In this section, we are going to look at some features built into the GameSparks’ Real-Time service, but which we have not touched upon yet.

When we send and receive packets it's important for developers to know the size of those packets. Then, if they wish to, they can record the average size and store those packets for analytics.

Here:

Custom SendData Method

We're going create our own SendData() method so that each time we want to send some RTData we can track the size of the packet we sent.

We'll do this in the GameController.cs calls. And, once we create our method, it's a good idea to go through all the SendData methods we have done in the previous tutorials and replace them so we can get a reading for the packet-size we send throughout our game.

// Class referenced by this code: GameController.cs

private int packetSize_sent;
/// <summary>
/// Sends RTData and records the packet size
/// </summary>
/// <param name="_opcode">Opcode.</param>
/// <param name="_intent">Intent.</param>
/// <param name="_data">Data.</param>
/// <param name="_targetPeers">Target peers.</param>
public void SendRTData(int _opcode, GameSparksRT.DeliveryIntent _intent,  RTData _data, int[] _targetPeers){
    packetSize_sent = GameSparksManager.Instance ().GetRTSession ().SendData (_opcode, _intent, _data, _targetPeers);
}
/// <summary>
/// Sends RTData to all players
/// </summary>
/// <param name="_opcode">Opcode.</param>
/// <param name="_intent">Intent.</param>
/// <param name="_data">Data.</param>
public void SendRTData(int _opcode, GameSparksRT.DeliveryIntent _intent,  RTData _data){
    packetSize_sent = GameSparksManager.Instance ().GetRTSession ().SendData (_opcode, _intent, _data);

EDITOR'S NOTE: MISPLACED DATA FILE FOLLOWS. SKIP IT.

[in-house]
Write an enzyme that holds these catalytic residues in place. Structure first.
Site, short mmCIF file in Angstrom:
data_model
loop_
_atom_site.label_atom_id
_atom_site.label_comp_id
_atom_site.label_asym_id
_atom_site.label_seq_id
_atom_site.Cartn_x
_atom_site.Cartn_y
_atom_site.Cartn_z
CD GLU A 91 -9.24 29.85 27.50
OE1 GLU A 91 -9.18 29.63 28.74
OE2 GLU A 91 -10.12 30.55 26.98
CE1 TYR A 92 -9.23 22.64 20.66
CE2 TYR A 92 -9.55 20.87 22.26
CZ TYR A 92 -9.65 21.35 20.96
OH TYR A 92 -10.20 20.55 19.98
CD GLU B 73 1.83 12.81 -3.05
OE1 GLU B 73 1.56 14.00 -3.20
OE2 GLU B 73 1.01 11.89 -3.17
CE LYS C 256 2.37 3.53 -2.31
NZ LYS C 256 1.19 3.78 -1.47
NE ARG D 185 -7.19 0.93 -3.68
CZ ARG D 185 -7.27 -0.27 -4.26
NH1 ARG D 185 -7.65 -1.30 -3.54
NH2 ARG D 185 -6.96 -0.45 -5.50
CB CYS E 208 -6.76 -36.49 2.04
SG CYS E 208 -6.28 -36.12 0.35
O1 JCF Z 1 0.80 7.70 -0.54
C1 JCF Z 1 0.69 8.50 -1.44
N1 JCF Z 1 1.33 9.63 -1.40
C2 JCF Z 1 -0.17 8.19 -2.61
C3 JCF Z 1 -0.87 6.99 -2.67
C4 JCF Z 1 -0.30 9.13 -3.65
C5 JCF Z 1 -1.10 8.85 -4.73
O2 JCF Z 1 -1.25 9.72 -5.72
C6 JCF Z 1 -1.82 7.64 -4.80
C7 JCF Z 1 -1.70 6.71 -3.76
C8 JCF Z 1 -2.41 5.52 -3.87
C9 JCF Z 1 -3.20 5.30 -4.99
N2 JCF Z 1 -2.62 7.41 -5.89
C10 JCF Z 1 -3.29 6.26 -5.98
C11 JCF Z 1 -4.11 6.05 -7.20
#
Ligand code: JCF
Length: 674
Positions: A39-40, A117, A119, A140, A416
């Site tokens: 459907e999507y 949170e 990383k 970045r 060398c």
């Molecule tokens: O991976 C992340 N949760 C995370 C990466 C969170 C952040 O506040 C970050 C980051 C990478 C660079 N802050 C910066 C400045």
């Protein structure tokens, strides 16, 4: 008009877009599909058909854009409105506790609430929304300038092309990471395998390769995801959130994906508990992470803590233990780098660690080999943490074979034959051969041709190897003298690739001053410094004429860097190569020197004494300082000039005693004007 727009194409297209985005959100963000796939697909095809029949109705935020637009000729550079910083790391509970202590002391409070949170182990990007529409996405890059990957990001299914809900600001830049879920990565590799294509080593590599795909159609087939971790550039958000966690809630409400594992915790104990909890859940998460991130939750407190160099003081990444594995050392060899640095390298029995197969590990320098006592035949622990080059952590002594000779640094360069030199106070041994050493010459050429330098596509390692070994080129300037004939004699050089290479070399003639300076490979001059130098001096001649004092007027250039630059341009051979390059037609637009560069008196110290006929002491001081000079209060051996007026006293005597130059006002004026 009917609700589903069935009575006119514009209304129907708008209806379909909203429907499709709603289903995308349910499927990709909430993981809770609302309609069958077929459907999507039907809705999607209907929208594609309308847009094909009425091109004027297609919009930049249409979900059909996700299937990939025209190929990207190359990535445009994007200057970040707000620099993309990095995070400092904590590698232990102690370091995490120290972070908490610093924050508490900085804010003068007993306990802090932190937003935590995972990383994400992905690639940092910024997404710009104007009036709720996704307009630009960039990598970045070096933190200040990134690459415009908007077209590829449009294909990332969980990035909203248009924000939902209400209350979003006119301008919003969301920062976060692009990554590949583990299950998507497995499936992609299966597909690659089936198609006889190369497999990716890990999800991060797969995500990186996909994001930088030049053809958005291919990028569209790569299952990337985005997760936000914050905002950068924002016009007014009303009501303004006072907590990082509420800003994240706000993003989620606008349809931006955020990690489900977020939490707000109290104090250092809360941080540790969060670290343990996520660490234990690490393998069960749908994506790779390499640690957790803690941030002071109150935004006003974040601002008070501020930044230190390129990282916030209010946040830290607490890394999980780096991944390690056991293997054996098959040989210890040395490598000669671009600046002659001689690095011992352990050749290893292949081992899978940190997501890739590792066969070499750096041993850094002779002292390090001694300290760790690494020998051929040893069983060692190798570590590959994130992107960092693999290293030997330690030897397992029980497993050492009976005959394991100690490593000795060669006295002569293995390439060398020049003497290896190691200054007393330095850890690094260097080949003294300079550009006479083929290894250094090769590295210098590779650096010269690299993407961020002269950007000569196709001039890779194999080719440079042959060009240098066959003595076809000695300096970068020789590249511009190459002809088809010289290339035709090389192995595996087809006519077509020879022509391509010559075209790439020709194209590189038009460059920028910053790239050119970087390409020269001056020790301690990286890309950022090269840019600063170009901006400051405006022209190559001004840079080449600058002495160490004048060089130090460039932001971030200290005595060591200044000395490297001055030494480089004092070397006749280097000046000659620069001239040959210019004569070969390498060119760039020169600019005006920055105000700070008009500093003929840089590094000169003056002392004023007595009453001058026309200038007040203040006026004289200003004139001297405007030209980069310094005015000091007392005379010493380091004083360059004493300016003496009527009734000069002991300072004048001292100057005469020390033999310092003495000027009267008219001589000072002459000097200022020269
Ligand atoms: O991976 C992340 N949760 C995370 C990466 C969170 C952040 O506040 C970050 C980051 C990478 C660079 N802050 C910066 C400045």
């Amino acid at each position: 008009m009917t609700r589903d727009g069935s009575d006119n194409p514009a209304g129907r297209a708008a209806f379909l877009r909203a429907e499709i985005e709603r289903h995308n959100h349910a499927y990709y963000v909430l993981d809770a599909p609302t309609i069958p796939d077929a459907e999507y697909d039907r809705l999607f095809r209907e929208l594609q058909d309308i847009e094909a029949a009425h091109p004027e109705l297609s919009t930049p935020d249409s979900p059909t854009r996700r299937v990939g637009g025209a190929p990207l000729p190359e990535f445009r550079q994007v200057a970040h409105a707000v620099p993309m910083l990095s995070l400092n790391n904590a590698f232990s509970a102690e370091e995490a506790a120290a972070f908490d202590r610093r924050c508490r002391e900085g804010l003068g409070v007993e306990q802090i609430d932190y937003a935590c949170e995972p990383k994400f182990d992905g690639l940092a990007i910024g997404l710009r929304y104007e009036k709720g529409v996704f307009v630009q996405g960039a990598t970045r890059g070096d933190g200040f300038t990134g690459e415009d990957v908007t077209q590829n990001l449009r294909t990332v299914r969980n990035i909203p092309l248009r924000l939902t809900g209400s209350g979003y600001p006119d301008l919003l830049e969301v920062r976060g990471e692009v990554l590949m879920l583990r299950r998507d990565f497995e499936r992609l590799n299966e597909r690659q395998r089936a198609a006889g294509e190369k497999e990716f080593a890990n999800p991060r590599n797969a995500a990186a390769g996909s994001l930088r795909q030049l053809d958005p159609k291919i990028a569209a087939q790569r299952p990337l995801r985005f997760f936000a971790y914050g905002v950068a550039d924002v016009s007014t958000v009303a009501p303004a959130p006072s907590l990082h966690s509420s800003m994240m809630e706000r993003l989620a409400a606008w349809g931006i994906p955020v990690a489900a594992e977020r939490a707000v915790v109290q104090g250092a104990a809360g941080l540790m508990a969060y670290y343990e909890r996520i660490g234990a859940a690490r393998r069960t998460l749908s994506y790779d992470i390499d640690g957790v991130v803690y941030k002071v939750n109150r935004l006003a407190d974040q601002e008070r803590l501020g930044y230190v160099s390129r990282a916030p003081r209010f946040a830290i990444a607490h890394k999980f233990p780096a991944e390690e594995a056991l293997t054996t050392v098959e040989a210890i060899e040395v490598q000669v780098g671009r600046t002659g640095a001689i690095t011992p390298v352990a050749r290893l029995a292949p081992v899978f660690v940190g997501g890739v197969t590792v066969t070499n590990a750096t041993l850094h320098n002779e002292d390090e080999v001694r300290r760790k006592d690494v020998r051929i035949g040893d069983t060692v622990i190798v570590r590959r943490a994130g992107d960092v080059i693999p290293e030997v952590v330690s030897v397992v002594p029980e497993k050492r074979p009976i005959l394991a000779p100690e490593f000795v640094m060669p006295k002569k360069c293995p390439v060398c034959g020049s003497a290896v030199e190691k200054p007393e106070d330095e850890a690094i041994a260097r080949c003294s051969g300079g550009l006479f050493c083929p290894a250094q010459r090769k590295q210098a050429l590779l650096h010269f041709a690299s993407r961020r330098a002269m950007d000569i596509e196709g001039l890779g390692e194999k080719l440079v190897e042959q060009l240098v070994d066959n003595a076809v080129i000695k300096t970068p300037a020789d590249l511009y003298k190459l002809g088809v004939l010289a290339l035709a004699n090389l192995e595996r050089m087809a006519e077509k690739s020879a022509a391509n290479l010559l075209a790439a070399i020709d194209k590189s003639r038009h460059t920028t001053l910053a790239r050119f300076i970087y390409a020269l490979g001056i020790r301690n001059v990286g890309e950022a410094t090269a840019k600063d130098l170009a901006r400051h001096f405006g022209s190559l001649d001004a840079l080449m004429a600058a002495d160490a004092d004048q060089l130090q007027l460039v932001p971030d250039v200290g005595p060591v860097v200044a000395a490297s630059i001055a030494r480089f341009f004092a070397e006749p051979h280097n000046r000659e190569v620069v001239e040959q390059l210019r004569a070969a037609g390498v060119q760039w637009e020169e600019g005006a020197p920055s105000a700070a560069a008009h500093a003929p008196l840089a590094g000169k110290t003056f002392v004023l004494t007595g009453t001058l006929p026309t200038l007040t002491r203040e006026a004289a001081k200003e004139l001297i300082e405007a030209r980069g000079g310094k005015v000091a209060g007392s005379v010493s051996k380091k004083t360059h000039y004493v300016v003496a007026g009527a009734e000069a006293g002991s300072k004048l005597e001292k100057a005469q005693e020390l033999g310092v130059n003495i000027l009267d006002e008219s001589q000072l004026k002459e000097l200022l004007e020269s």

}


Received Packet Size

We can check the size of any packets that we receive from the server. In our game example, we would do this in our GameSparksManager.cs script’s OnPacketReceived() method. Here we can send the details from all packets to the game-controller so we can use it as we please.

In this example, we're just going to send the packet size from the incoming packet to the GameController.cs class so we can log the incoming packet size:

// Class referenced by this code: GameController.cs

    private int packetSize_incoming;
    /// <summary>
    /// Records the incoming packet size
    /// </summary>
    /// <param name="_packetSize">Packet size.</param>
    public void PacketReceived(int _packetSize){
        packetSize_incoming = _packetSize;
    }


And in the GameSparksManager.cs class, we add this code to the top of the OnPacketRecieved() method:

// Class referenced by this code: GameSparksManager.cs

if (GameController.Instance () != null) {
           GameController.Instance().PacketReceived(_packet.PacketSize);
       }


Ping and Player Experience

"Ping" is a term often used in networked multiplayer games to describe what we have called latency in this tutorial.

Ping represents the time it takes for a packet to get from the client to the server and back from the server to the client: the time taken for the round-trip. Internet speed and geo-location are the biggest contributors to high-ping, For instance, if you are in India trying to play a game hosted by a server in the US, the server is physically farther away and therefore it takes longer for your packet to get there and back.

But there are other factors that contribute to ping (though they usually are much-less likely to contribute substantially), such as firewalls and the time it takes to process the packet on the server and client.

As discussed in the previous section on clock syncing, it's sometimes a good idea to ignore packets that have high latency if the average is pretty good. However, the convention in network programming is to set an upper limit for latency. If any player hits that upper limit for a certain amount of time, the client will automatically disconnect.